Workday Pays Affiliate of Board Chairman $171 Million for Office Space
New filing language raises concerns over SaaS firm’s capital allocation as it spends big on real estate it may never use.
March 16, 2021
Workday (WDAY), an enterprise cloud SaaS firm, rents office space adjacent to its headquarters in Pleasanton, California owned by an affiliate of the company’s Chairman, Dave Duffield. In the company’s 2020 10-K, Workday disclosed it has paid the Duffield affiliate $40 million in rent over the last three years:

“The total rent expense under these agreements was $16 million, $13 million, and $11 million for fiscal 2021, 2020, and 2019, respectively.”

Our analysis reveals Workday has paid Duffield’s affiliate $58 million in rent since 2015. The rent payments to Duffield, who is also Workday’s co-founder, are disclosed each year in the company’s annual report. However, new language in the most recent 10-K indicates that after renting for years, Workday now owns the space outright.

During fiscal 2021, Workday paid $2 million for an option to purchase the aforementioned leased properties at a price based on third-party appraisals and negotiation between Workday and the affiliated party. On February 23, 2021 Workday exercised the option and purchased the properties:

“The purchase price is $173 million in cash, reduced by the $2 million fee paid for the Leased Property Purchase Option.”

In the footnotes, Workday explains why it made the purchase:

“This purchase provides long-term stability to our corporate headquarter footprint in Pleasanton, California.”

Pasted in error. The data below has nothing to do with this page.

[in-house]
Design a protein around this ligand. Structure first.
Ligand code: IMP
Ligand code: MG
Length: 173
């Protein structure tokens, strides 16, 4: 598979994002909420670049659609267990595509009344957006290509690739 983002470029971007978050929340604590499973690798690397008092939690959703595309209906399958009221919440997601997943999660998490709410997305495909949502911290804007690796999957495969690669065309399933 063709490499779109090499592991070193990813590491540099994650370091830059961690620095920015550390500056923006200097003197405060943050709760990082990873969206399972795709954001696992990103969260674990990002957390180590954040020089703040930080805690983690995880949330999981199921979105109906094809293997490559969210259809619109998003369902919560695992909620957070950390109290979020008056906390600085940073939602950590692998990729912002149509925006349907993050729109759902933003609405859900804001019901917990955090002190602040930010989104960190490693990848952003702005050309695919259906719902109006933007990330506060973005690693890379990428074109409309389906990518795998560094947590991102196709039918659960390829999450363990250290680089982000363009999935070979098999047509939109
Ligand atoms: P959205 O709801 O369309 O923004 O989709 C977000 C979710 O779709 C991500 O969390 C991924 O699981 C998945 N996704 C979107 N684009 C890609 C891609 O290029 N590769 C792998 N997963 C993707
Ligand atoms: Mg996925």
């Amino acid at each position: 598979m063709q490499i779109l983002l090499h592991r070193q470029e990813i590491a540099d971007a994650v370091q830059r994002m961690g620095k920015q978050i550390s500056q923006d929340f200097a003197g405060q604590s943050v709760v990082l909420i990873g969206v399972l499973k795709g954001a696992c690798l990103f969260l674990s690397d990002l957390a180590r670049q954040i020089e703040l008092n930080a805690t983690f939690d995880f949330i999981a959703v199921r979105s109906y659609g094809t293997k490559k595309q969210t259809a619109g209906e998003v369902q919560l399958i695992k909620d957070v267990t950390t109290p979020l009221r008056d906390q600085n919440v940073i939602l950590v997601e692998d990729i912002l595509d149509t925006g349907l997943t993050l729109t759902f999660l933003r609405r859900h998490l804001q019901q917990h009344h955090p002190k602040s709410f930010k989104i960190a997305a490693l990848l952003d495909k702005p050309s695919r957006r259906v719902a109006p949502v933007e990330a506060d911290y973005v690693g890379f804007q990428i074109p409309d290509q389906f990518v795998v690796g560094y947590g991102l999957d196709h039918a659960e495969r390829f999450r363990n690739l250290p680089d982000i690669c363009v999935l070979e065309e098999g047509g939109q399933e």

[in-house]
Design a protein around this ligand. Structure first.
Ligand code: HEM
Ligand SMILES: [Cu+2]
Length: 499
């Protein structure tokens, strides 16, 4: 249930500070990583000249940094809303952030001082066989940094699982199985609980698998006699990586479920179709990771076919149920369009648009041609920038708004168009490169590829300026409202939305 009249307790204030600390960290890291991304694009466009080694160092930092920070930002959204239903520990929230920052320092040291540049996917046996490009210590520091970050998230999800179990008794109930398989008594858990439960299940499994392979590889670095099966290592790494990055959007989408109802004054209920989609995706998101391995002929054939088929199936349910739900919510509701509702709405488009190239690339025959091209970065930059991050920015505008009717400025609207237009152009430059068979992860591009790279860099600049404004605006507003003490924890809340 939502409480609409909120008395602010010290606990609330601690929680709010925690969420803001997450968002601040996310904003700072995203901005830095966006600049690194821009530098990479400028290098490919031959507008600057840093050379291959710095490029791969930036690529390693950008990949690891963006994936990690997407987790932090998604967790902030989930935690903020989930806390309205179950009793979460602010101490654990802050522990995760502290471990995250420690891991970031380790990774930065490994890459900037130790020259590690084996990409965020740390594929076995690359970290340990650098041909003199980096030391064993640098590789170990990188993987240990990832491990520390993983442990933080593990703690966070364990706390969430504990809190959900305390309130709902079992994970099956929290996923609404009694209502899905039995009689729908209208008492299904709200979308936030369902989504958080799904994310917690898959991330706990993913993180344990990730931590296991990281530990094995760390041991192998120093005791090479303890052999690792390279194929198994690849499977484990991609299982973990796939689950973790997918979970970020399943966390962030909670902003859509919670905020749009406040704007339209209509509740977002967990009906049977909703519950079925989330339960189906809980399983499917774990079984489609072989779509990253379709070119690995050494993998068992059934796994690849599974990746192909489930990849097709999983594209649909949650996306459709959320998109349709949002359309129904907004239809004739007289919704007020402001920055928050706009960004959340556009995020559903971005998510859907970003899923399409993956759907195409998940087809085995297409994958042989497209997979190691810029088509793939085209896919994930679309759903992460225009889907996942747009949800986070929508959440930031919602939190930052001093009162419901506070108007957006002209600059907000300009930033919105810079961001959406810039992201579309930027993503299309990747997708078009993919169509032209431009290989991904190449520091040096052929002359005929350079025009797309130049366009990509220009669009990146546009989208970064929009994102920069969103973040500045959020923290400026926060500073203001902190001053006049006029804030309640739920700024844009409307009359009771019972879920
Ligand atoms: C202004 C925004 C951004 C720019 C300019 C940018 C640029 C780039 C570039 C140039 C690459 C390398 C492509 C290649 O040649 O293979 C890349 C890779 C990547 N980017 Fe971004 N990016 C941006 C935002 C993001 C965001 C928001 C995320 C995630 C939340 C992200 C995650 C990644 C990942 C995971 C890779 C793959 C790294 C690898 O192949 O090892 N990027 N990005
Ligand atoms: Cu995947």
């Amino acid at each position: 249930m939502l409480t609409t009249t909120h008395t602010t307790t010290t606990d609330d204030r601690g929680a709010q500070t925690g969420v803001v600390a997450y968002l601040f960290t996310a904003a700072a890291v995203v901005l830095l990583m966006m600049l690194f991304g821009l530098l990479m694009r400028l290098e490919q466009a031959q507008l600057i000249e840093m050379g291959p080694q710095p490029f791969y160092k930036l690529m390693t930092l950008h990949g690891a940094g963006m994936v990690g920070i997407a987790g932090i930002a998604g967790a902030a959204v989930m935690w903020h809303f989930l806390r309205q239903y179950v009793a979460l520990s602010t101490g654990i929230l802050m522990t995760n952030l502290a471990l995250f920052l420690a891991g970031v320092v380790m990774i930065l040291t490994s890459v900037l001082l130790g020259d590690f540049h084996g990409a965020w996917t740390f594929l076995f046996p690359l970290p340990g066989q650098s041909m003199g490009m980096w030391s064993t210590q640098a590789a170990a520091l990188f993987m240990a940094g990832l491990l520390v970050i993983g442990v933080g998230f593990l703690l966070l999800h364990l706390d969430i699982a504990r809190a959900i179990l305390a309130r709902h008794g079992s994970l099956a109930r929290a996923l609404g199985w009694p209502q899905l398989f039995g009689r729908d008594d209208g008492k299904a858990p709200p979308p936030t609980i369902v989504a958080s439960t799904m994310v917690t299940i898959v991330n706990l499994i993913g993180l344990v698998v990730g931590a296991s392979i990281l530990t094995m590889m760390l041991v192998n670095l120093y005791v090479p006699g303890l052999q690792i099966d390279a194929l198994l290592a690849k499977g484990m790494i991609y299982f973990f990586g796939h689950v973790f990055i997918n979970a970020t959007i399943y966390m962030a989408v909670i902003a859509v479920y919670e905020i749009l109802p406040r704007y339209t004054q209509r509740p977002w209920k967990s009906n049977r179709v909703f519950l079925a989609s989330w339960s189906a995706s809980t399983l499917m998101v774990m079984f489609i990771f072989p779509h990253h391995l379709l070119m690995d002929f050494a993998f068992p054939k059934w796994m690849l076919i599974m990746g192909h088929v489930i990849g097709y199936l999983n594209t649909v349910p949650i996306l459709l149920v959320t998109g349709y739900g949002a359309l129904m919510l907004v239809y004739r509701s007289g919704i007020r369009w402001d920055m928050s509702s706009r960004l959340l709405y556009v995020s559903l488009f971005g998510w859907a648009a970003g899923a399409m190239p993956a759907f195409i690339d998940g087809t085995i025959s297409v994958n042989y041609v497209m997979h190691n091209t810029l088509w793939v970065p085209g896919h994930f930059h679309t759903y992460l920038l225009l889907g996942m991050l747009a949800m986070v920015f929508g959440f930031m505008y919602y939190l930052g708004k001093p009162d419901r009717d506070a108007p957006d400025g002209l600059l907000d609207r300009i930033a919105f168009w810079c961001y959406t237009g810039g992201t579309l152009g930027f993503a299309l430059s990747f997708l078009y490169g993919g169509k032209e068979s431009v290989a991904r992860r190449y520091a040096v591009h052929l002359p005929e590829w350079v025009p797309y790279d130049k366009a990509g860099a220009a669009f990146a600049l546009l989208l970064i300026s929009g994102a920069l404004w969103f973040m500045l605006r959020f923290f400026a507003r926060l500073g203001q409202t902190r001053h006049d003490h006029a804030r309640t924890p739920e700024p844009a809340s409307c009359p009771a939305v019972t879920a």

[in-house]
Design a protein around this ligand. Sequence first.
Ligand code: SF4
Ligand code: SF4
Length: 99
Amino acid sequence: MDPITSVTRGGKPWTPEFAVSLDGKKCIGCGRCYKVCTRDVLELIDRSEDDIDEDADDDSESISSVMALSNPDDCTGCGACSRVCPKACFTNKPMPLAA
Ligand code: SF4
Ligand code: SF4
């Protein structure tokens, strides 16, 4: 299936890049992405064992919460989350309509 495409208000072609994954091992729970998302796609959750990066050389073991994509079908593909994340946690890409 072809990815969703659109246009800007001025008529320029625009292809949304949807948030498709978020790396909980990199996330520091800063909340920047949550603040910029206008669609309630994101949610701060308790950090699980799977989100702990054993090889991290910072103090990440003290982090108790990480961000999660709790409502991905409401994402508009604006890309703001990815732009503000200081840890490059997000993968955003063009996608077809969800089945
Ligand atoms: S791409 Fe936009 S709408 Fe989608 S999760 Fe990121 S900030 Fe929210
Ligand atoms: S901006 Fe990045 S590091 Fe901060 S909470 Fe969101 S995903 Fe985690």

Workday paid more than the carrying value of the property. The company explains the accounting like this:

“The net carrying value of the properties purchased will be $159 million at the time of purchase, which is calculated as the net purchase price of $171 million, reduced by the difference between the carrying values of the right-of-use asset and lease liability of the leased properties immediately prior to the purchase of approximately $12 million.”

In the end, counting previous rent paid, Workday will have paid an affiliate of its Board chairman $229 million for property with a carrying value of $159 million. We’re not accusing Duffield of wrongdoing. The transaction amounts to just 1.2% of Duffield’s estimated net worth of $14 billion.

We raise the issue because Workday’s employee headcount growth is slowing. Last year, headcount increased by just 300, the slowest rate of growth in nearly a decade. In the six years prior, Workday hired, on average, 1,600 new employees each year.

Likewise, the company closed most of its offices due to the pandemic. Most of the company’s employees now work remotely. When discussing the pandemic’s long-term effects on its office environment, Workday acknowledges increased risk to its real estate portfolio. Adding to the portfolio right now appears to accomplish anything but Workday’s stated goal for the transaction, which is providing stability to its corporate footprint.

The transaction price may be immaterial to Duffield, but for Workday it’s significant. The deal ($171 million) is approximately 62% of Workday’s CapEx budget ($270 million) for FY22. By its own admission, Workday’s future depends largely on product development. The decision to purchase real estate that may never be needed raises legitimate questions about the wisdom of Workday’s capital allocation.
Related: PAYC, SAP, ADP, PAYX, ORCL, INFOR, COUPA, PLAN, CDAY
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